The other case is when the passenger cancels — that’s a final state where the request ends. If the driver cancels, the dispatch loop just continues. Below are some of the actual whiteboards drawn in our kickoff on day #1.
We next sketched out a basic HTTP REST API that has methods such as:
Create a ride request.
Update a user’s current location.
In total, we have about 20 REST calls that were defined. We wrote the whole API spec up in an swagger.yml file that is rendered beautifully if viewed with http://editor.swagger.io/.
For the following 9 days, we hacked away. We didn’t attend any of the company meetings and we spent some of the time in my personal apartment so as to not be distracted by anything.
As with most minimally viable apps, we created a tiny so-called ‘monolith’ app. I like to organize business logic into service classes — these become the foundation of what you would eventually ‘decompose’ later into application partitions, or what some people call “microservices”. In our app, we have the following PHP “service” classes which can easily be broken out into the future and implemented in any programming language into microservices:
Due to the fact that MongoDB is not an ACID database, the application must be able to cope with database references which can be out of sync. In MongoDB, there are no transactions or rollbacks. To help overcome concurrent update contention and data loss, we use optimistic record locking by default on all updates.
We use Doctrine’s event hooks in order to ensure two records point at each other. For example, If I put user A in ride B, I will first update user A’s record to have ride_id = B’s id. Then, during the post update hook, I will next update ride B’s user_id to have user A’s id.
There are short moments when the database is therefore out of sync during normal operations. Further, the app might encounter a show stopping error before the 2nd update hook completes, leaving the database in a state where the user record indicates the user is in a ride, but the ride does not correctly point back at the user and this would be the source of trouble if your code is not setup defensively.
To cope with this, we must have protective ‘cleanup’ routines that check for situations like this. Before key business logic fires, we invoke a “cleanup” routine to ensure the data integrity is correct.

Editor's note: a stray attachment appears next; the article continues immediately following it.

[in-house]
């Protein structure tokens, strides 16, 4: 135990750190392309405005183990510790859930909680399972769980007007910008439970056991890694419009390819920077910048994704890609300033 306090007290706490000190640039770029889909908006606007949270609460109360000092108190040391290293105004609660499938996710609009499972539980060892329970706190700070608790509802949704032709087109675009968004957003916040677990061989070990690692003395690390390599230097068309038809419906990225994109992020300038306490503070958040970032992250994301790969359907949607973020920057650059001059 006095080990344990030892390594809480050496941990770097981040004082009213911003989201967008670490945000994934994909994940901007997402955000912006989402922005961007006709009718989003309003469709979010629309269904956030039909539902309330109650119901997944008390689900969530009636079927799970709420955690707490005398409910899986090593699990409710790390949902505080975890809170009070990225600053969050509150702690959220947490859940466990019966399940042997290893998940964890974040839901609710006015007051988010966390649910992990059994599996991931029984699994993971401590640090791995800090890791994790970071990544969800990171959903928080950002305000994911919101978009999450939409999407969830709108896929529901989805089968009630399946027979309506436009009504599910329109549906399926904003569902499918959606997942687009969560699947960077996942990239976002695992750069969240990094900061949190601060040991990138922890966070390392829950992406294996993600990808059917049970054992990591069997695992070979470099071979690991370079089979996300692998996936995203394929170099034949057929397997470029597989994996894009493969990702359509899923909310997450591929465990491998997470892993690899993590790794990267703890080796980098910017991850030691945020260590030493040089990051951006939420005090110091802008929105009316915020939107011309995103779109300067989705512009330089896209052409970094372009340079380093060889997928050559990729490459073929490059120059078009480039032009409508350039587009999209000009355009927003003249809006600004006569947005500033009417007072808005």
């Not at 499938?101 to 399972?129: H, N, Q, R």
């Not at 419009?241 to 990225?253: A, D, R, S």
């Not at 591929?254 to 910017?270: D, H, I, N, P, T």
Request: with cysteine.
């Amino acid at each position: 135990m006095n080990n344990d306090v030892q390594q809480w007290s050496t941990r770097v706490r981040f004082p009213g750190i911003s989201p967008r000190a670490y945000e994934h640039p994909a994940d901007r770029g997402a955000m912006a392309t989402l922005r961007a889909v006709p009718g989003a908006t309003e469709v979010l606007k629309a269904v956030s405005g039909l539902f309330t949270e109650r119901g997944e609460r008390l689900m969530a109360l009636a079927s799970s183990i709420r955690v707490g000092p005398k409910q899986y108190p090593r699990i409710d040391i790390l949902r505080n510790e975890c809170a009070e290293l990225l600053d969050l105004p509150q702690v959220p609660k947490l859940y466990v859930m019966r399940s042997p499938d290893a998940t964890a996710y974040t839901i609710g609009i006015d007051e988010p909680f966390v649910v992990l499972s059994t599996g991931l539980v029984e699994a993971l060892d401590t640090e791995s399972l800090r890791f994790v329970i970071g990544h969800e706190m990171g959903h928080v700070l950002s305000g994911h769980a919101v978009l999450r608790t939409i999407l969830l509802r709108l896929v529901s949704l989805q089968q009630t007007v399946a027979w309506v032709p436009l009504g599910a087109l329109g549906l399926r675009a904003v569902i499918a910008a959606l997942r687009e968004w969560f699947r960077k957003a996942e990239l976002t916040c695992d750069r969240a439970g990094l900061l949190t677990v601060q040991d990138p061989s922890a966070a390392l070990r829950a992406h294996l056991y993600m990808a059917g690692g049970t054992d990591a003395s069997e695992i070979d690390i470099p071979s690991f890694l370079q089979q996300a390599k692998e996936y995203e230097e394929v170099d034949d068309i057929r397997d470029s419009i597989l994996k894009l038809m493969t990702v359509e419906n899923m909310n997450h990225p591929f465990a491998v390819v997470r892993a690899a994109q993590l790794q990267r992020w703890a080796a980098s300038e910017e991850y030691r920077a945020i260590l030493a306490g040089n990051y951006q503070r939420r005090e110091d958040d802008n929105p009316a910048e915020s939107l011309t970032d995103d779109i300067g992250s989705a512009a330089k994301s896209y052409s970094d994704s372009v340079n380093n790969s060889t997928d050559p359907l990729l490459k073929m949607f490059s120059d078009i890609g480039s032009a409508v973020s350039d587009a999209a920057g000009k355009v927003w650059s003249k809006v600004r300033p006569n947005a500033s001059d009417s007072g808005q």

Note that we do not employ MongoDB’s “ref” feature — we manually store record id’s and resolve database references manually.
Also noteworthy is that when we update the user’s location on their user record, we perform the update without the default optimistic locking record strategy used throughout the rest of the software, or else we would see tons of optimistic lock exceptions for no good reason.
A surprising number of drivers in Uganda cannot read maps. Some clearly had trouble knowing left from right. The society is also highly cash based and most folks don’t have credit cards.
If I had known some of these things, I would have advocated for a slightly different MVP in which relied less on screens with maps on them and put more emphasis on calling the driver.
The developers are no longer testing against production machines. We ditched complex hand rolled inline SQL for a MongoDB solution which requires no production migrations. If the project takes off, MongoDB will allow us to add more shards and rebalance data. It’s now up for the market to decide if the product is the right one for Uganda.
Living in Kampala for a month and working on a real startup again was awesome. I feel personally enlightened and the trip gave me a new perspective on the world. In San Francisco, we have a lot of millionaires & billionaires and I often feel like I’ve missed out on something that everybody else was able to achieve. However, my trip to Africa made me realize just how fortunate I am to be a self made engineer and what an achievement it is to even be able to live in San Francisco in the first place.
My 30-day contract has ended. I wish the founders the best of luck. Here are the current state of things:
Make me proud guys!